Michel de Montaigne:
By Arthur Fournier
Scholars will discuss writings of this French philosopher
Some of the worlds leading scholars of 16th- and 17th-century literature and philosophy will meet at the University Friday, May 5, and Saturday, May 6, to discuss the writings of Michel de Montaigne.
Organized by an interdisciplinary group of University faculty members with support from the Department of Philosophy, the Department of Romance Languages & Literatures, the Committee on Social Thought, the Divinity School, The Franke Institute for the Humanities, the Chicago Group on Modern France, the Olin Foundation and Montaigne Studies, the conference will provide Montaigne scholars in Chicago an opportunity to interact with distinguished colleagues from the United States and France.
According to Philippe Desan, the Howard L. Willett Professor in Romance Languages & Literatures, Montaigne and Philosophy will be the first conference in several decades to address the philosophical character of Montaignes essays. Because of the nature of his work, most considerations of Montaigne are treatments of the literary aspects of his writing, said Desan. However, we also have significant cause to consider Montaigne as a philosopher.
The traditional view holds that, philosophically, Montaigne was a skeptic. But there are certainly other issues for us to explore, he added. For example, what did philosophy itself mean during the turmoil of the late 16th century? What can we say of the ethical component of Montaignes philosophy?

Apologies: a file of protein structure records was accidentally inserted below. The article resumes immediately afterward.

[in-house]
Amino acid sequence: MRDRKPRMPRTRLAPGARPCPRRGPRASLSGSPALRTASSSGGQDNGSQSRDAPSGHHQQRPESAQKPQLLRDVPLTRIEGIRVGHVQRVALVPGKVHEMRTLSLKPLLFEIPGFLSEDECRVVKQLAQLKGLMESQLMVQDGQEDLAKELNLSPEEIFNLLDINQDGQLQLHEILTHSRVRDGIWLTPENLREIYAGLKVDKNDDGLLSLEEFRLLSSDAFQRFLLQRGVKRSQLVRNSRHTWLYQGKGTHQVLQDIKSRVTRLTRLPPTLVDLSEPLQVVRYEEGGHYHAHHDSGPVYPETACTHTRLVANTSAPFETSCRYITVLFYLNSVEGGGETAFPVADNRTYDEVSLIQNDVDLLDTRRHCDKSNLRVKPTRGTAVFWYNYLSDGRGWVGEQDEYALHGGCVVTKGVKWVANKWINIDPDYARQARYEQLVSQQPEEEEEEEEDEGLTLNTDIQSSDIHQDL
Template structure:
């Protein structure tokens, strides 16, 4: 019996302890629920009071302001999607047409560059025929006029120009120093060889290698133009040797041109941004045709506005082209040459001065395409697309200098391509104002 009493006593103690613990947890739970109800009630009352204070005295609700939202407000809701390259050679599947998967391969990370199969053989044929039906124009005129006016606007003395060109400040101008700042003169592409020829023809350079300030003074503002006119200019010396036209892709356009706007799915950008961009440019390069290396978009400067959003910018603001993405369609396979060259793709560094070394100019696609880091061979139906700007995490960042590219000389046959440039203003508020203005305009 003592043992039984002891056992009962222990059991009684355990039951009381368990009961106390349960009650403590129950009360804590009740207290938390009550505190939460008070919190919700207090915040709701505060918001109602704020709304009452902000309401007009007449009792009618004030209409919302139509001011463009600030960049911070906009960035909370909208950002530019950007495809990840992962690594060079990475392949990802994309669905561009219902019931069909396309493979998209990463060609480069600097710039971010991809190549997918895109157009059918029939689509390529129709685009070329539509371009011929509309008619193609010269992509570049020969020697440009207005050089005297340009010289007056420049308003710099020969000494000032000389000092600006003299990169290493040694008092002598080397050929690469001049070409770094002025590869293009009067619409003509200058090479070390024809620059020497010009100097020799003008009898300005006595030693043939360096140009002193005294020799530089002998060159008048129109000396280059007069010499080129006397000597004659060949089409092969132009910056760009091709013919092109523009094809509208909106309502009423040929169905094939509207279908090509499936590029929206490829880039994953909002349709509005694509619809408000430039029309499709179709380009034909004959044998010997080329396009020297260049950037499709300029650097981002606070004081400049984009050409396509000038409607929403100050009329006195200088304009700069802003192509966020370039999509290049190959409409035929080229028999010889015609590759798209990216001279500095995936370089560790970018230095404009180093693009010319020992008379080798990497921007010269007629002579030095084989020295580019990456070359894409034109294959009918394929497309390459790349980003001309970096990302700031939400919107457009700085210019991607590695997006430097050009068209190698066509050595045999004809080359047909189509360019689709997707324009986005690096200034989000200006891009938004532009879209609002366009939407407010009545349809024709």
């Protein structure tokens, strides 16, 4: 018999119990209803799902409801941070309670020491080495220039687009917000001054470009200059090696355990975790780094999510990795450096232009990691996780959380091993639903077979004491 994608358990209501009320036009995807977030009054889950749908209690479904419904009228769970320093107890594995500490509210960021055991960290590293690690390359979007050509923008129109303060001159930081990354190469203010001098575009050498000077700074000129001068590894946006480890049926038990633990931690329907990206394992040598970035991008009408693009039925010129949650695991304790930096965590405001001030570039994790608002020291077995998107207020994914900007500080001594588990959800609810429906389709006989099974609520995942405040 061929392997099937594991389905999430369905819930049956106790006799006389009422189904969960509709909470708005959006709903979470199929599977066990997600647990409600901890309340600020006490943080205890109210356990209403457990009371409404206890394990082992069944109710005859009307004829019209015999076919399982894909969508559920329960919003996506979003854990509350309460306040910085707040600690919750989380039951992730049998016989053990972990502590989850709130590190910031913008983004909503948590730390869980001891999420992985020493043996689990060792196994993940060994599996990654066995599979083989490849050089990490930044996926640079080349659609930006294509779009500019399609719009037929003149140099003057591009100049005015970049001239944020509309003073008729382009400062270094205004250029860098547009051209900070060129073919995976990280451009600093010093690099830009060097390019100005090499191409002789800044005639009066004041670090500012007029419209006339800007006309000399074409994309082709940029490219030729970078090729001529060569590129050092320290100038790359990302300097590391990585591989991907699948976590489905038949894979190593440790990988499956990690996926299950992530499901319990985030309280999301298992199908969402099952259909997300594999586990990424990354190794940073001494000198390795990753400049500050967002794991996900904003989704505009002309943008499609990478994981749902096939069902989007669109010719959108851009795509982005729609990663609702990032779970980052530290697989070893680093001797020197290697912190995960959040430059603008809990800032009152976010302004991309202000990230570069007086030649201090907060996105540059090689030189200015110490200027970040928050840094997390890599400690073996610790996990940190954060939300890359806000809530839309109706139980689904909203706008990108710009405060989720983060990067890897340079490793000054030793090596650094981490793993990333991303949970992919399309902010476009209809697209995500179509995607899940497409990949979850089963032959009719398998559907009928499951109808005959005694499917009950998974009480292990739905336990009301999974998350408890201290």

The two-day conference will begin Friday, May 5, in Classics 10, 1010 E. 59th St., with a 9 a.m. welcome from Janel Mueller, Dean of the Humanities Division and the William Rainey Harper Professor in English Language & Literature, and Marc Fumaroli, Professor in Romance Languages & Literatures and the Committee on Social Thought.
Fridays session will continue with presentations by Edwin Curley, professor of philosophy at the University of Michigan; David Quint, professor of English and comparative literature at Yale University; Jan Miernowski, associate professor of French and religious studies at the University of Wisconsin, Madison; Andre Tournon, professor of French literature at the Universite de Provence; and Charles Larmore, Professor in Political Science and Philosophy at Chicago.
A reception will take place from 5 to 6:30 p.m. in Classics 21 following Larmores presentation.
The conference will reconvene at 9 a.m. Saturday, May 6, in The Franke Institute for the Humanities, Room S-118 in the Joseph Regenstein Library, 1100 E. 57th St. Presenters for the second day of the conference are Marie-Luce Demonet, professor of Renaissance literature and civilization at the Universite de Poitiers; Vincent Caraud, professor of philosophy at the Universite de Caen; Andre Pessel from the Ministere de lEducation Nationale; and Jean Luc Marion, Professor in Philosophy at Chicago. A closing dinner will take place that evening at 8 p.m. at a location to be announced.
The University of Chicago holds the fifth largest collection of works by Montaigne in the world, said Desan. We are fortunate to have this opportunity to host a group of scholars whose work so strongly illuminates those texts.
For more information on scheduled presentations, contact Daniel Garber, the Lawrence Kimpton Distinguished Service Professor in Philosophy, via e-mail at firstname.lastname@example.org.